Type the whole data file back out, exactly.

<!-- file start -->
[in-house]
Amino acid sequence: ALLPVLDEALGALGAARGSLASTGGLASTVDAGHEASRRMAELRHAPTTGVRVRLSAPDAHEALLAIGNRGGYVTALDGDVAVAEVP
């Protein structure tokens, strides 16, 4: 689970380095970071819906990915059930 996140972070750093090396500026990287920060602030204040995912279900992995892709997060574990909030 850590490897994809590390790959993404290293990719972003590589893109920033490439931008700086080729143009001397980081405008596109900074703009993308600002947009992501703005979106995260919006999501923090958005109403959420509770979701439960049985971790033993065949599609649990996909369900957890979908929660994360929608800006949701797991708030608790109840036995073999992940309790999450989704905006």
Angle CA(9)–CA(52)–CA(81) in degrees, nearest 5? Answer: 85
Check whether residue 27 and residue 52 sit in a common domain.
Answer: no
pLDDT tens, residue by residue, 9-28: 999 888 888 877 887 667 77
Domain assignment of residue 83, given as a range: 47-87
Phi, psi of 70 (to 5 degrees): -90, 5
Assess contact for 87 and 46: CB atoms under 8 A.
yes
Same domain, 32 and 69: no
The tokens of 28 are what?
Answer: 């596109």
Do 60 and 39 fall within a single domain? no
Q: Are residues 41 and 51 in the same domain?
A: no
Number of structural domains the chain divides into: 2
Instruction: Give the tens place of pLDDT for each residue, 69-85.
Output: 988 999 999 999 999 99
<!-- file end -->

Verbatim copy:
[in-house]
Amino acid sequence: ALLPVLDEALGALGAARGSLASTGGLASTVDAGHEASRRMAELRHAPTTGVRVRLSAPDAHEALLAIGNRGGYVTALDGDVAVAEVP
């Protein structure tokens, strides 16, 4: 689970380095970071819906990915059930 996140972070750093090396500026990287920060602030204040995912279900992995892709997060574990909030 850590490897994809590390790959993404290293990719972003590589893109920033490439931008700086080729143009001397980081405008596109900074703009993308600002947009992501703005979106995260919006999501923090958005109403959420509770979701439960049985971790033993065949599609649990996909369900957890979908929660994360929608800006949701797991708030608790109840036995073999992940309790999450989704905006």
Angle CA(9)–CA(52)–CA(81) in degrees, nearest 5? Answer: 85
Check whether residue 27 and residue 52 sit in a common domain.
Answer: no
pLDDT tens, residue by residue, 9-28: 999 888 888 877 887 667 77
Domain assignment of residue 83, given as a range: 47-87
Phi, psi of 70 (to 5 degrees): -90, 5
Assess contact for 87 and 46: CB atoms under 8 A.
yes
Same domain, 32 and 69: no
The tokens of 28 are what?
Answer: 């596109």
Do 60 and 39 fall within a single domain? no
Q: Are residues 41 and 51 in the same domain?
A: no
Number of structural domains the chain divides into: 2
Instruction: Give the tens place of pLDDT for each residue, 69-85.
Output: 988 999 999 999 999 99